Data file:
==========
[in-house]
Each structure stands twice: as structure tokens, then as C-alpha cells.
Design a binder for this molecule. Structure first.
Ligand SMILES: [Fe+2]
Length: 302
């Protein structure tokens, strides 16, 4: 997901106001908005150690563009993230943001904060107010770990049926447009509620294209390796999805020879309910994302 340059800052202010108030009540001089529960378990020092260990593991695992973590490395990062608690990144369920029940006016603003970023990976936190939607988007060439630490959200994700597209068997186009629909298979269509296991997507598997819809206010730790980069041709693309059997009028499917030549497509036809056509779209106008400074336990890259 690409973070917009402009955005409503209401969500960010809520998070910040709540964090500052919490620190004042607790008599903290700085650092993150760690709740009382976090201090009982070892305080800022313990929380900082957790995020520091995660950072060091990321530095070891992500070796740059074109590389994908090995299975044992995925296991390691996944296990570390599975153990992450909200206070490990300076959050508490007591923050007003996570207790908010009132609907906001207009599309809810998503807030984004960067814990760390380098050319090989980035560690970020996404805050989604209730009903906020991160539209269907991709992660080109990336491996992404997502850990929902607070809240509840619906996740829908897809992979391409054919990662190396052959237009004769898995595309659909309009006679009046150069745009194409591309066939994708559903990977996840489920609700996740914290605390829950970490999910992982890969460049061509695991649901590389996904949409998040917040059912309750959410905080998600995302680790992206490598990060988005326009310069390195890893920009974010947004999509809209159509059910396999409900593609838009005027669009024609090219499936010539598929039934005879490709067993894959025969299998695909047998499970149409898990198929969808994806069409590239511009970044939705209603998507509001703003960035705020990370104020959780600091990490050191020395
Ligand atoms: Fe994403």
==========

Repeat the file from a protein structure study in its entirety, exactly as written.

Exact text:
[in-house]
Each structure stands twice: as structure tokens, then as C-alpha cells.
Design a binder for this molecule. Structure first.
Ligand SMILES: [Fe+2]
Length: 302
């Protein structure tokens, strides 16, 4: 997901106001908005150690563009993230943001904060107010770990049926447009509620294209390796999805020879309910994302 340059800052202010108030009540001089529960378990020092260990593991695992973590490395990062608690990144369920029940006016603003970023990976936190939607988007060439630490959200994700597209068997186009629909298979269509296991997507598997819809206010730790980069041709693309059997009028499917030549497509036809056509779209106008400074336990890259 690409973070917009402009955005409503209401969500960010809520998070910040709540964090500052919490620190004042607790008599903290700085650092993150760690709740009382976090201090009982070892305080800022313990929380900082957790995020520091995660950072060091990321530095070891992500070796740059074109590389994908090995299975044992995925296991390691996944296990570390599975153990992450909200206070490990300076959050508490007591923050007003996570207790908010009132609907906001207009599309809810998503807030984004960067814990760390380098050319090989980035560690970020996404805050989604209730009903906020991160539209269907991709992660080109990336491996992404997502850990929902607070809240509840619906996740829908897809992979391409054919990662190396052959237009004769898995595309659909309009006679009046150069745009194409591309066939994708559903990977996840489920609700996740914290605390829950970490999910992982890969460049061509695991649901590389996904949409998040917040059912309750959410905080998600995302680790992206490598990060988005326009310069390195890893920009974010947004999509809209159509059910396999409900593609838009005027669009024609090219499936010539598929039934005879490709067993894959025969299998695909047998499970149409898990198929969808994806069409590239511009970044939705209603998507509001703003960035705020990370104020959780600091990490050191020395
Ligand atoms: Fe994403």